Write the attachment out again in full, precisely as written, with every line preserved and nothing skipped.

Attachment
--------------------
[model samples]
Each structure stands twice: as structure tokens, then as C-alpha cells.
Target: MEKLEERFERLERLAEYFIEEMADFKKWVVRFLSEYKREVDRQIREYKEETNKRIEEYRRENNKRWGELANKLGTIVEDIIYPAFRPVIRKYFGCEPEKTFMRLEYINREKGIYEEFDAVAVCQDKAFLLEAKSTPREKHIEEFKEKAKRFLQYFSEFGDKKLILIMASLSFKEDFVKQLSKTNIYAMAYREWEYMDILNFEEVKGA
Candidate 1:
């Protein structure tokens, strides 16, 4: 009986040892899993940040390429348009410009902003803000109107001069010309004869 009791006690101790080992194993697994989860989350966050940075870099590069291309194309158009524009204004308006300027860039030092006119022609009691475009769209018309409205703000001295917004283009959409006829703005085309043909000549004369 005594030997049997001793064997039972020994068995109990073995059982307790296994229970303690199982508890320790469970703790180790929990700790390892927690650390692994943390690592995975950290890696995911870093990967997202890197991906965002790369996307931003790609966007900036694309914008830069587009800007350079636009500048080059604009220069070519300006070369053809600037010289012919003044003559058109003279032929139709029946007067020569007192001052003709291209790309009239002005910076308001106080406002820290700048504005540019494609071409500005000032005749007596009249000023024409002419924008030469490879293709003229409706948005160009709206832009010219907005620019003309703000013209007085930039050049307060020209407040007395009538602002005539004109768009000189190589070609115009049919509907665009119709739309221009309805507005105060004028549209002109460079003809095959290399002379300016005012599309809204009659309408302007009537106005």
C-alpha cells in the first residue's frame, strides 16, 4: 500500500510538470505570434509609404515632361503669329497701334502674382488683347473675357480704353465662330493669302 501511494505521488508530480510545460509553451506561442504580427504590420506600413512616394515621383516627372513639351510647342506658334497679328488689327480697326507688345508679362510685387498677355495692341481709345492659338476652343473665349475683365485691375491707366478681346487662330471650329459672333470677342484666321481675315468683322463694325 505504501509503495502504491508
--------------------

[model samples]
Each structure stands twice: as structure tokens, then as C-alpha cells.
Target: MEKLEERFERLERLAEYFIEEMADFKKWVVRFLSEYKREVDRQIREYKEETNKRIEEYRRENNKRWGELANKLGTIVEDIIYPAFRPVIRKYFGCEPEKTFMRLEYINREKGIYEEFDAVAVCQDKAFLLEAKSTPREKHIEEFKEKAKRFLQYFSEFGDKKLILIMASLSFKEDFVKQLSKTNIYAMAYREWEYMDILNFEEVKGA
Candidate 1:
């Protein structure tokens, strides 16, 4: 009986040892899993940040390429348009410009902003803000109107001069010309004869 009791006690101790080992194993697994989860989350966050940075870099590069291309194309158009524009204004308006300027860039030092006119022609009691475009769209018309409205703000001295917004283009959409006829703005085309043909000549004369 005594030997049997001793064997039972020994068995109990073995059982307790296994229970303690199982508890320790469970703790180790929990700790390892927690650390692994943390690592995975950290890696995911870093990967997202890197991906965002790369996307931003790609966007900036694309914008830069587009800007350079636009500048080059604009220069070519300006070369053809600037010289012919003044003559058109003279032929139709029946007067020569007192001052003709291209790309009239002005910076308001106080406002820290700048504005540019494609071409500005000032005749007596009249000023024409002419924008030469490879293709003229409706948005160009709206832009010219907005620019003309703000013209007085930039050049307060020209407040007395009538602002005539004109768009000189190589070609115009049919509907665009119709739309221009309805507005105060004028549209002109460079003809095959290399002379300016005012599309809204009659309408302007009537106005």
C-alpha cells in the first residue's frame, strides 16, 4: 500500500510538470505570434509609404515632361503669329497701334502674382488683347473675357480704353465662330493669302 501511494505521488508530480510545460509553451506561442504580427504590420506600413512616394515621383516627372513639351510647342506658334497679328488689327480697326507688345508679362510685387498677355495692341481709345492659338476652343473665349475683365485691375491707366478681346487662330471650329459672333470677342484666321481675315468683322463694325 505504501509503495502504491508